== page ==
Abstract

National Prevalence of Psychological Distress and Use of Mental Health Care in Inflammatory Bowel Disease

Inflamm Bowel Dis. 2022 Mar 24;izac050. doi: 10.1093/ibd/izac050. Online ahead of print.

Ruby Greywoode 1Thomas Ullman 2Laurie Keefer 3

 
     

Author information

1Assistant Professor of Medicine, Montefiore Medical Center, Albert Einstein College of Medicine, Bronx, New York, USA.

2Professor of Medicine, Montefiore Medical Center, Albert Einstein College of Medicine, Bronx, New York, USA.

3Professor of Medicine, Icahn School of Medicine at Mount Sinai, New York, New York, USA.

Abstract

Background: Individuals with inflammatory bowel disease (IBD) have elevated symptoms of anxiety and depression. The burden of such symptoms, accompanied by functional impairment in IBD, is not well documented, nor is utilization of mental health care in this population.

Methods: Adults ≥18 years were identified in the cross-sectional 2015-2016 National Health Interview Survey. Responses from the Kessler Index were used to estimate the national prevalence of psychological distress with impairment and mental health-care use in IBD. Factors associated with psychological distress with impairment in IBD were analyzed using logistic regression.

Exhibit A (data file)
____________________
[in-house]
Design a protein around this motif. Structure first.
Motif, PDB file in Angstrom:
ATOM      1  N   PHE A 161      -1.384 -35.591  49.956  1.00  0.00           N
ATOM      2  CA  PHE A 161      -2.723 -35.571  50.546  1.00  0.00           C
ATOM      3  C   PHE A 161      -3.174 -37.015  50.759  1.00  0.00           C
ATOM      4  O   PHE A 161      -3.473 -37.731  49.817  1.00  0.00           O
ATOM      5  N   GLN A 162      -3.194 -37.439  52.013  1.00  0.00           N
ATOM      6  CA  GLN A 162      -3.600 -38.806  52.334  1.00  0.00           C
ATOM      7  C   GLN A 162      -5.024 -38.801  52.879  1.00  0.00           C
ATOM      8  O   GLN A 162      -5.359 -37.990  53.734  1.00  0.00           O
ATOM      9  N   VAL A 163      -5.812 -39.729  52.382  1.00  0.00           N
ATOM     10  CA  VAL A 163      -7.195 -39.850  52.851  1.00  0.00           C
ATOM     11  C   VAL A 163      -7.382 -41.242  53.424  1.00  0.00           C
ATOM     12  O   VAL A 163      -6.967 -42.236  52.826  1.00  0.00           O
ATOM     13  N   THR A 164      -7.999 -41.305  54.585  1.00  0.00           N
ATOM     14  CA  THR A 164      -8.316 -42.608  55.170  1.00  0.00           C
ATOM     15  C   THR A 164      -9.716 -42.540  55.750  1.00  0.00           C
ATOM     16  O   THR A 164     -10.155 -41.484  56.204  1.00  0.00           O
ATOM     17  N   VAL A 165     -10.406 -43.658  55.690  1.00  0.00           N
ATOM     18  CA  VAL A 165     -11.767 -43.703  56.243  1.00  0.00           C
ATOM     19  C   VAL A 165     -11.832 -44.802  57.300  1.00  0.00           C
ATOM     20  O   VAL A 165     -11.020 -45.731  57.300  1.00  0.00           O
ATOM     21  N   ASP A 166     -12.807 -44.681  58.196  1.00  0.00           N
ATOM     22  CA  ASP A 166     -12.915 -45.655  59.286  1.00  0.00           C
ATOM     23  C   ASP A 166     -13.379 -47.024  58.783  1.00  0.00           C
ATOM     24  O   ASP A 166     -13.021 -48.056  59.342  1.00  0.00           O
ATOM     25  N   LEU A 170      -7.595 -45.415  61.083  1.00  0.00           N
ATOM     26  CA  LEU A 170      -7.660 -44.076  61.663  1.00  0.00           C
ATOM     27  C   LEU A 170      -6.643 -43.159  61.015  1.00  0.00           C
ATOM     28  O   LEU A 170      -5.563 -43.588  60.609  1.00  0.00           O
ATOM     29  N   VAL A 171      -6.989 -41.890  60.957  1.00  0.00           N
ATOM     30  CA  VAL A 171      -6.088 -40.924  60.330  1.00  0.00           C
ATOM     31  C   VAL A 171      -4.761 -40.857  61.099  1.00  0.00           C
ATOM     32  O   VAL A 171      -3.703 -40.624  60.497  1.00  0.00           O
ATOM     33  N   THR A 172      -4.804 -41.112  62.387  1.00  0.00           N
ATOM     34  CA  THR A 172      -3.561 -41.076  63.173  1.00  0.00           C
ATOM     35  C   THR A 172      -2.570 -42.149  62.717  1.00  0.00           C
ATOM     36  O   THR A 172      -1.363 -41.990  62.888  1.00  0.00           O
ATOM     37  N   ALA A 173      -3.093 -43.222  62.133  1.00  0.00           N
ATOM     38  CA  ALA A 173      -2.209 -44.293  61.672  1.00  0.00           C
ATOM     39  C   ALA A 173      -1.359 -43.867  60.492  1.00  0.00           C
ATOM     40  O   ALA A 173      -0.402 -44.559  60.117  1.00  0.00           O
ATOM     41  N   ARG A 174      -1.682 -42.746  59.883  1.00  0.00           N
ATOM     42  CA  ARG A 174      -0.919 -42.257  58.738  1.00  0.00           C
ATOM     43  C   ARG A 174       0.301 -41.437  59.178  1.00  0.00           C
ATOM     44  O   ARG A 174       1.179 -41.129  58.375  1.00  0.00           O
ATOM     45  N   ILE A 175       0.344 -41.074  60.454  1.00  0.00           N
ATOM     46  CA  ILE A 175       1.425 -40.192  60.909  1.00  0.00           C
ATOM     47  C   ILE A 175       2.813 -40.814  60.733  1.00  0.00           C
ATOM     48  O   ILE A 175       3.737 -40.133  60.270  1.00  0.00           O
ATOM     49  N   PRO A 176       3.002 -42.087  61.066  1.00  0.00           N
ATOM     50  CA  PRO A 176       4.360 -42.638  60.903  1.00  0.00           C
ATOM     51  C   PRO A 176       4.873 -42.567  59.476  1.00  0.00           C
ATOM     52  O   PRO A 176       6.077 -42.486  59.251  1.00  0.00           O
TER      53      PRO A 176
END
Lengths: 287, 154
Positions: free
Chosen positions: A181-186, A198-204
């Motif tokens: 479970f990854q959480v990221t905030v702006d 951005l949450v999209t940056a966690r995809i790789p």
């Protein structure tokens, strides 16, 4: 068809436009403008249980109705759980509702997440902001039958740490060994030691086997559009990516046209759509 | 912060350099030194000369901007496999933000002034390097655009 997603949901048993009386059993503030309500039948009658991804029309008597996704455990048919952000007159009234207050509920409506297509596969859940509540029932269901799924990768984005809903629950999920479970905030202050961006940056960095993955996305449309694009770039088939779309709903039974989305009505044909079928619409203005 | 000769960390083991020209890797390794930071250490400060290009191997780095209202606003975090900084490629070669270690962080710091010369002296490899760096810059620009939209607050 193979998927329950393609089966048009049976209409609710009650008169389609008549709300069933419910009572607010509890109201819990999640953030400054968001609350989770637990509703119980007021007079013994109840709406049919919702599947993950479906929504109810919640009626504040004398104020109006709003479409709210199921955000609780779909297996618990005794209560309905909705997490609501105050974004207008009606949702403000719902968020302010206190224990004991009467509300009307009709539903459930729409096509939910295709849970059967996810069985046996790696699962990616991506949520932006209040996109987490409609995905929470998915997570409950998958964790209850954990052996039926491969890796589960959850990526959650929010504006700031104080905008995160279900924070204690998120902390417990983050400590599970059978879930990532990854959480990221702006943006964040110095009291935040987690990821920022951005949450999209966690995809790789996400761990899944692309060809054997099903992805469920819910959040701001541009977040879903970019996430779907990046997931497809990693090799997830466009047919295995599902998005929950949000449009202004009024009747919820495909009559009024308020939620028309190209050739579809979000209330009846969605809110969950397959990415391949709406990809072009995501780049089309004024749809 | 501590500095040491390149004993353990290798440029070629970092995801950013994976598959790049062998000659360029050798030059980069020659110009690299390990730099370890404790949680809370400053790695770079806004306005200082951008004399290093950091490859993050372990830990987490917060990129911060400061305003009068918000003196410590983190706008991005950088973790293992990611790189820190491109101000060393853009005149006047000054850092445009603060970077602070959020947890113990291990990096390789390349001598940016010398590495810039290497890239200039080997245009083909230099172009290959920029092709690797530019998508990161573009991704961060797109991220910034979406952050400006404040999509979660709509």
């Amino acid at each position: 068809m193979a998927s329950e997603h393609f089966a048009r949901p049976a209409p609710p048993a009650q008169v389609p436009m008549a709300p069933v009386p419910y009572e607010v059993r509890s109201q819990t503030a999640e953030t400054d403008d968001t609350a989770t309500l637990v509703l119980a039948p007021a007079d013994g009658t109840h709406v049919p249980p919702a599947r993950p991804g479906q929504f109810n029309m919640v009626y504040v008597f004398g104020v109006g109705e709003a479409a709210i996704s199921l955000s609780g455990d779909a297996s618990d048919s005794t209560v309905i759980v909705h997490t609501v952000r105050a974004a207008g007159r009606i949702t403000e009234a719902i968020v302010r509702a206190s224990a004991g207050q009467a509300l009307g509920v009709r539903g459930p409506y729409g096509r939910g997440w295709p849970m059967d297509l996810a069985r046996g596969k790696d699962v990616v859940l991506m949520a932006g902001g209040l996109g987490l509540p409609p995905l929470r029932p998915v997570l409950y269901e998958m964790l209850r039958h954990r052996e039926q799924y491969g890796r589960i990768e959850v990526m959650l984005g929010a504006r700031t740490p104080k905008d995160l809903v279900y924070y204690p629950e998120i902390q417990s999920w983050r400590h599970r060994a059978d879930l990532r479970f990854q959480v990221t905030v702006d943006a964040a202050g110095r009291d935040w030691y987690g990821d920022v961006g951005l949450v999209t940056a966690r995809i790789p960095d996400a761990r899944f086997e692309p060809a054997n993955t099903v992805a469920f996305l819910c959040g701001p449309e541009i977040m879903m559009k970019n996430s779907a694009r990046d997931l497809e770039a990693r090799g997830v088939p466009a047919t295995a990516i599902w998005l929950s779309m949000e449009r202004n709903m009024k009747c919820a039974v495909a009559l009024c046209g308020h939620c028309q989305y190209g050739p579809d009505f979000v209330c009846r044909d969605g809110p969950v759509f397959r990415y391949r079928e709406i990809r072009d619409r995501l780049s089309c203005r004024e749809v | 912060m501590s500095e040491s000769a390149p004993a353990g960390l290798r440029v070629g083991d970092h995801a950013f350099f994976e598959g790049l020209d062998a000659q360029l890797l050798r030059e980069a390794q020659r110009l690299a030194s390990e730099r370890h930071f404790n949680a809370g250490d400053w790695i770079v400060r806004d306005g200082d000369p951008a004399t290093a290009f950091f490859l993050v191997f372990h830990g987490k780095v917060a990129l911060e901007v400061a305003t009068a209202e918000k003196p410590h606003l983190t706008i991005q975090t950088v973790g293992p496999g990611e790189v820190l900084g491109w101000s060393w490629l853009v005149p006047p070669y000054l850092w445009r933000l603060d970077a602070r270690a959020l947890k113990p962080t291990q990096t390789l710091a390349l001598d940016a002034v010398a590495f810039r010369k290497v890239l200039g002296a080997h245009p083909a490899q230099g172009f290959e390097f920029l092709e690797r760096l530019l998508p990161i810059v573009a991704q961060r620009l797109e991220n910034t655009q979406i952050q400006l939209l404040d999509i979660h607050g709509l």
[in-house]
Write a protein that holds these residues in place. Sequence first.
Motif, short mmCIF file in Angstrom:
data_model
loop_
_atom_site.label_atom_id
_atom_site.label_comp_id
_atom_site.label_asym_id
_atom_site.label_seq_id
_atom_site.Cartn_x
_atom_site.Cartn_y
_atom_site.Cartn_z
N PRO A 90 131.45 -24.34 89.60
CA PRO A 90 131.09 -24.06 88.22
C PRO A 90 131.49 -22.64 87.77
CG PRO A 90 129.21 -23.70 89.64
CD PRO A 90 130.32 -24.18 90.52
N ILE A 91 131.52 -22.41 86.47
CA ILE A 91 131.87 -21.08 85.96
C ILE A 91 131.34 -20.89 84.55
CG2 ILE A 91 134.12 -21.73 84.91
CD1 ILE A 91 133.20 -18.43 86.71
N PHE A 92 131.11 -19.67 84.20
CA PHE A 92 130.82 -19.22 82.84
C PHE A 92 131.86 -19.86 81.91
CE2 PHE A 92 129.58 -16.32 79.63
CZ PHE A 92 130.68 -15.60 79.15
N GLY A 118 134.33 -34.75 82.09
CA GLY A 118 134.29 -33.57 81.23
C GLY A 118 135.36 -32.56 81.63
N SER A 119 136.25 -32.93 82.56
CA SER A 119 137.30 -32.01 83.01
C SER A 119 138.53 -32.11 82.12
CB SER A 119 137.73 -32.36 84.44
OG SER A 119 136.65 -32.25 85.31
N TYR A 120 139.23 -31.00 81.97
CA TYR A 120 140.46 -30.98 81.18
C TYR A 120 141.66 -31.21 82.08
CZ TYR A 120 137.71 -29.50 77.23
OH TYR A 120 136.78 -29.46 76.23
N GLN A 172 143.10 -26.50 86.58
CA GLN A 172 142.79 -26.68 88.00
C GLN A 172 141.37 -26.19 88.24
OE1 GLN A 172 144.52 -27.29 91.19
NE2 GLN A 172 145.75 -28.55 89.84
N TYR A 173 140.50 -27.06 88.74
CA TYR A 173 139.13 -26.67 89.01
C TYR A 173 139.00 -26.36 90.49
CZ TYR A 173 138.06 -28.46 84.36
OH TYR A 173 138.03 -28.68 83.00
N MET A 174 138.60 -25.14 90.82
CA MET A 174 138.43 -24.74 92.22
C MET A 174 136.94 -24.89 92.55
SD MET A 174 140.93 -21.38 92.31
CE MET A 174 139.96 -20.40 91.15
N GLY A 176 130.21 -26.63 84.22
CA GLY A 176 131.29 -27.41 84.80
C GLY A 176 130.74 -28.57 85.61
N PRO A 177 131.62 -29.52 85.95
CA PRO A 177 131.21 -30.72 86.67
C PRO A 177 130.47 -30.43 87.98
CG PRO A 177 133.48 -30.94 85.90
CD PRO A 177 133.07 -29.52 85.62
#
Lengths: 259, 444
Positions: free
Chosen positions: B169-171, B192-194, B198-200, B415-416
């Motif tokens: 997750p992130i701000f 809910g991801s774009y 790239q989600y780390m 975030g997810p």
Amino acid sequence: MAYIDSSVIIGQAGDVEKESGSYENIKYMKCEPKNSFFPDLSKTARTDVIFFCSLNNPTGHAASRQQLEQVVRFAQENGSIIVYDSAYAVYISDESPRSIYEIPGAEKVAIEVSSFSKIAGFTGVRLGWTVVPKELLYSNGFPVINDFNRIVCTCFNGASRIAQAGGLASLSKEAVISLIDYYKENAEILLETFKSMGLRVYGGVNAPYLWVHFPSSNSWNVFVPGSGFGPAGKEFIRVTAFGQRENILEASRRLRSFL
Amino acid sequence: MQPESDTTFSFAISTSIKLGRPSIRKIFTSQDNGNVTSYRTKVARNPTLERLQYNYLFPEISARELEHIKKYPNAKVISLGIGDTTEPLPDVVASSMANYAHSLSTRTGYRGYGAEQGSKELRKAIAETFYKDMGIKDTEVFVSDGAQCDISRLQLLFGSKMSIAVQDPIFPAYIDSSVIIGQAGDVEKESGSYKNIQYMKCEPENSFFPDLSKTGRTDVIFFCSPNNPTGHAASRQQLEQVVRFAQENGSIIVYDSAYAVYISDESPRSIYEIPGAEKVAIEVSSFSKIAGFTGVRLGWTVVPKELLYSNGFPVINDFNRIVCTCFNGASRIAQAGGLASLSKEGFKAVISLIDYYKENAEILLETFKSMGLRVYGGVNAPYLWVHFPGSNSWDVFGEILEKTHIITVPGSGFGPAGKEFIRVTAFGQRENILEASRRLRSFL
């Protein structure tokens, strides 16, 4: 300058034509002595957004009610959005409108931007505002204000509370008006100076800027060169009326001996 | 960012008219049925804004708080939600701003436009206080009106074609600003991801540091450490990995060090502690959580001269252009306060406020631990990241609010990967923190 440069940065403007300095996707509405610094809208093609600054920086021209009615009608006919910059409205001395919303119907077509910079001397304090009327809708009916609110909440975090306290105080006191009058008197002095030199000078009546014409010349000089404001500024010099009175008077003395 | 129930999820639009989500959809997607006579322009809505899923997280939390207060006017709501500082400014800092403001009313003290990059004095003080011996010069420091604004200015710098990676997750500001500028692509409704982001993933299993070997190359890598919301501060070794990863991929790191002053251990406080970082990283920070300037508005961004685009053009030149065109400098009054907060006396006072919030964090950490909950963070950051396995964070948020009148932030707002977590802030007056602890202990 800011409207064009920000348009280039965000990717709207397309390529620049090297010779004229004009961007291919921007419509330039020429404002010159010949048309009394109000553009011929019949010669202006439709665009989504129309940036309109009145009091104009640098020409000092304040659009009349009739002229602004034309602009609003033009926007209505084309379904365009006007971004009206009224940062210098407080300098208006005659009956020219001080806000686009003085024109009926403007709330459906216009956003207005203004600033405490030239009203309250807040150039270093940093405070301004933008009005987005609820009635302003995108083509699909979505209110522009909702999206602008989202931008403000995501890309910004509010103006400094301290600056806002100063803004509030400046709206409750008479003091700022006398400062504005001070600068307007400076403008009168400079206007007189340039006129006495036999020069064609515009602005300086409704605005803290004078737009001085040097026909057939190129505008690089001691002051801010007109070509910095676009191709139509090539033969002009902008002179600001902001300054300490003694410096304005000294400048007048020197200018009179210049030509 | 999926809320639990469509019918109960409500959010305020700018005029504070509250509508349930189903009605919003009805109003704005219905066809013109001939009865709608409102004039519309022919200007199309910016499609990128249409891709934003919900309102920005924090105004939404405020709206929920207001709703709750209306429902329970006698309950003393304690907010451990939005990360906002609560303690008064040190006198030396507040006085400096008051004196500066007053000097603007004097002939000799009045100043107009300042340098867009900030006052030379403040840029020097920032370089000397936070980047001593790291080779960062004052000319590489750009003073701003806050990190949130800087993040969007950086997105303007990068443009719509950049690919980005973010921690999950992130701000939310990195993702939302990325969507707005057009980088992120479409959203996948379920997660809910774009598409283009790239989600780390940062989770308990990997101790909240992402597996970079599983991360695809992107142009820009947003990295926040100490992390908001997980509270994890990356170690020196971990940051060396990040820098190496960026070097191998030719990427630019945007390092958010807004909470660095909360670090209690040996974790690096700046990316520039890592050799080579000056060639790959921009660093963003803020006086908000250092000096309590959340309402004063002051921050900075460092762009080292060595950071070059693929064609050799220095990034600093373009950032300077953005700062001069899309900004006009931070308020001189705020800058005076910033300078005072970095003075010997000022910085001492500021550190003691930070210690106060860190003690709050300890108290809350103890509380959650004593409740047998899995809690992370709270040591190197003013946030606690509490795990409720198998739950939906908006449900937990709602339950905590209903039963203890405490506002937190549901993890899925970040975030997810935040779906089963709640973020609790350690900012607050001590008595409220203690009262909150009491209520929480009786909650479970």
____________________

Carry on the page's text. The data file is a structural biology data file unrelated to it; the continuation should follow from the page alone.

Results: The prevalence of psychological distress with impairment was significantly higher in IBD than non-IBD adults (7.69% vs. 3.50%, respectively; P < .01). Among those with IBD and psychological distress with impairment, only a third (36.29%) had seen or talked to a mental health provider in the preceding 12 months. About half of these found the cost of mental health care unaffordable. On multivariable analysis, factors associated with psychological distress in IBD included increasing emergency room visits and trouble finding a health provider.

Conclusions: A significant number of adults with IBD in the United States have psychological distress accompanied by functional impairment. However, mental health care is underutilized in this population. Many of these individuals find the cost of mental health care unaffordable, struggle to find a health provider, and experience repeated emergency room visits. Ongoing efforts to improve mental health care in IBD should address issues of access and cost. Additionally, these efforts should seek to understand other barriers to mental health-care use.

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